1) Keep a dream journal
Keep it close to your bed at night and write down your dream as soon as you wake up, or the emotions and sensations you experience when you wake up. This will train you to remember more of your dreams, which is important for lucid dreaming. Moreover, if you forget the experience before the morning, there is not much point in controlling your dreams.
- Write Alternatively, keep your bed with a recording device. If you stay still for a few minutes and concentrate on memory before you start writing, you might remember more of your dreams.
2) Use reality checks frequently
Ask yourself “Am I dreaming?” every few hours of the day and perform one of the following reality checks. You will also begin to follow the habit in your dreams with enough practice, cluing you into the fact that you are dreaming. Pinch your nose, close your mouth, and test to see if you can still breathe. When you inspect them closely, they are often distorted in dreams. Read a text page or time on a clock, look away, then look back again. In dreams, whenever you look, the text or time will be blurry or nonsensical, or different.
- Try pushing your index finger through the opposite palm straight. Really expect it to go through, wondering whether or not you’re dreaming before and after trying. Your finger would pass through your opposite palm during a dream, and questioning yourself twice will increase your chances of realizing that this is not normal.
3) Repeat “I will be aware that I’m dreaming,” each time you fall asleep
Every night as you sleep, repeat to yourself “I’m going to know I’m dreaming” or a similar phrase until you drift out of consciousness. This technique is called Lucid Dreaming Mnemonic Induction, or MILD. Mnemonic induction means simply “use memory aids,” or in this case use a rotary phrase to turn your dreaming awareness into an automatic habit.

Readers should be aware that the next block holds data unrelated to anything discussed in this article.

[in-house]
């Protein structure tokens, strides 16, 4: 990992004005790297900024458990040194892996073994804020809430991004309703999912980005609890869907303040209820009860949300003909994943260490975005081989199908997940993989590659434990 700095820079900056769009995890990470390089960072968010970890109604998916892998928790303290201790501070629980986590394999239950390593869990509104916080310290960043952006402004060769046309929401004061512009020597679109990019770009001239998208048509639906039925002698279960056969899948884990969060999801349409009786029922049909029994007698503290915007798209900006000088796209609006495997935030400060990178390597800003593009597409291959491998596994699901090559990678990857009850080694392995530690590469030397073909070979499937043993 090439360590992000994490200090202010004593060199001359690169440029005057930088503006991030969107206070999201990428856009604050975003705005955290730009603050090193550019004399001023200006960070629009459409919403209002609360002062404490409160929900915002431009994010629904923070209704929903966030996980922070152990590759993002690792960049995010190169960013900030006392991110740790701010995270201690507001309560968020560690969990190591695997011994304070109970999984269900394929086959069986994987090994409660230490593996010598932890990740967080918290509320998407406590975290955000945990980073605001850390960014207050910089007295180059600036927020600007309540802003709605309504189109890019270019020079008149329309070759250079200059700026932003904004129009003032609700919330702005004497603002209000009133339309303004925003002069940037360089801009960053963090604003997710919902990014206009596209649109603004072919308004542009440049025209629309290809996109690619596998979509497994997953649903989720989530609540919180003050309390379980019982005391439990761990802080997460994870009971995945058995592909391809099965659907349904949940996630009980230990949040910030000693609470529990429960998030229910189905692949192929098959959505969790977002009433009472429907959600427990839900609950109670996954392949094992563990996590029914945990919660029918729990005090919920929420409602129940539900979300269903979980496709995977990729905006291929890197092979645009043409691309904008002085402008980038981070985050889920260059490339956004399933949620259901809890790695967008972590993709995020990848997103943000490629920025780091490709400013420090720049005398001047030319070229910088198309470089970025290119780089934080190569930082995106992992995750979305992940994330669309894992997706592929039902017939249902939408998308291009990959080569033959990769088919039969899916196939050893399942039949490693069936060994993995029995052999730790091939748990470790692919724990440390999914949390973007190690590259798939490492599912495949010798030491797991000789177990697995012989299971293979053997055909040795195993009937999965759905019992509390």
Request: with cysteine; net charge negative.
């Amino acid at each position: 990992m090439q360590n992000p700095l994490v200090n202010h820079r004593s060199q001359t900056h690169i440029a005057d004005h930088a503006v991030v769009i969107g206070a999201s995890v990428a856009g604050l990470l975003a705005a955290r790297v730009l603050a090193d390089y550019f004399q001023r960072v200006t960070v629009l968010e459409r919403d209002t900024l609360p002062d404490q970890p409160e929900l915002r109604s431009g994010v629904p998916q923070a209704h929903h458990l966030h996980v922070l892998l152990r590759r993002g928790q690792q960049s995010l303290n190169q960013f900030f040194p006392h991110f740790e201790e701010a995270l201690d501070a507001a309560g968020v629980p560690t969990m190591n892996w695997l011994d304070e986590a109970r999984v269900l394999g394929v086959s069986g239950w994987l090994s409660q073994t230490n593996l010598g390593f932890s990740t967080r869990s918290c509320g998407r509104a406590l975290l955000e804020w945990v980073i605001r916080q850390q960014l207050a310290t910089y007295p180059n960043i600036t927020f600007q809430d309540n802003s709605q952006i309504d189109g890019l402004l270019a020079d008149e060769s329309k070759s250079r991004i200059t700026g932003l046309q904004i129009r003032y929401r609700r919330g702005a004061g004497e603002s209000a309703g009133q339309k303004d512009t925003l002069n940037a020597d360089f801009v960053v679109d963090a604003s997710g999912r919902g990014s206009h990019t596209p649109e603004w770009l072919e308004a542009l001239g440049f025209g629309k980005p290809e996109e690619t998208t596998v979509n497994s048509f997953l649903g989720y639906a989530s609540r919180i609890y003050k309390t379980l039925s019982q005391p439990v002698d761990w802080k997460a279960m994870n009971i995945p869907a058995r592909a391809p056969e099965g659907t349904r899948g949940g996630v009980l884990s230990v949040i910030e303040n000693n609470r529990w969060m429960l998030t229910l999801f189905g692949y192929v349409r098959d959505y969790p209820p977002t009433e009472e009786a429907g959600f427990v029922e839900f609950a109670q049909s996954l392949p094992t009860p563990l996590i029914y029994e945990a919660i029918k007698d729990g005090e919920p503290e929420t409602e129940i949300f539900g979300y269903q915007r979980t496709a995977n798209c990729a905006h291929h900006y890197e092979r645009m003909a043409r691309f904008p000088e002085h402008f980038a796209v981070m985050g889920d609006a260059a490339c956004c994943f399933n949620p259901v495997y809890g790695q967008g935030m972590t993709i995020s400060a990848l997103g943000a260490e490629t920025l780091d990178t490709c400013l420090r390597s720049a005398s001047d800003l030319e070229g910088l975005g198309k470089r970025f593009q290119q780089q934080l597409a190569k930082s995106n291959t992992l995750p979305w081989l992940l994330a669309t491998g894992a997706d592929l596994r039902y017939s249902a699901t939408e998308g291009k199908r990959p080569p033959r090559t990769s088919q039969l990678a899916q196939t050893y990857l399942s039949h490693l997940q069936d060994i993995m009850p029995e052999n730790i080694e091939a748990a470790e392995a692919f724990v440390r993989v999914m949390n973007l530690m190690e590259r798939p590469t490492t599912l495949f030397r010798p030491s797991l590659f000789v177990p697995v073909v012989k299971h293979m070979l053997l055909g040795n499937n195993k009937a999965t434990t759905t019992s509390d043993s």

- Some people like combining this step with a reality check by looking at their hands for a couple of minutes before going to sleep.
4) Learn to recognize your personal dream signs
Read regularly through your newspaper and look for recurring “dream signs.” These are recurring situations or events you may notice in your dreams. Get familiar with these, and you may recognize them while you’re dreaming, and therefore notice that you’re dreaming. Common dream events include losing your teeth, being chased by a big thing, or going to the public without clothing.
5) Drift back to sleep when awakened from a dream
Write it down in your dream newspaper when you wake up and remember your dream, then close your eyes and focus on the dream. Imagine being in the dream, noticing a dream sign or checking reality, and realizing it was a dream. Keep on with this thought as you drift back to sleep, and you may enter a lucid dream. Note that most lucid dreams occur while the person is completely asleep, usually because they notice a bizarre event and realize that they are in a dream. This is just an alternative trigger starting around 25% of lucid dreams.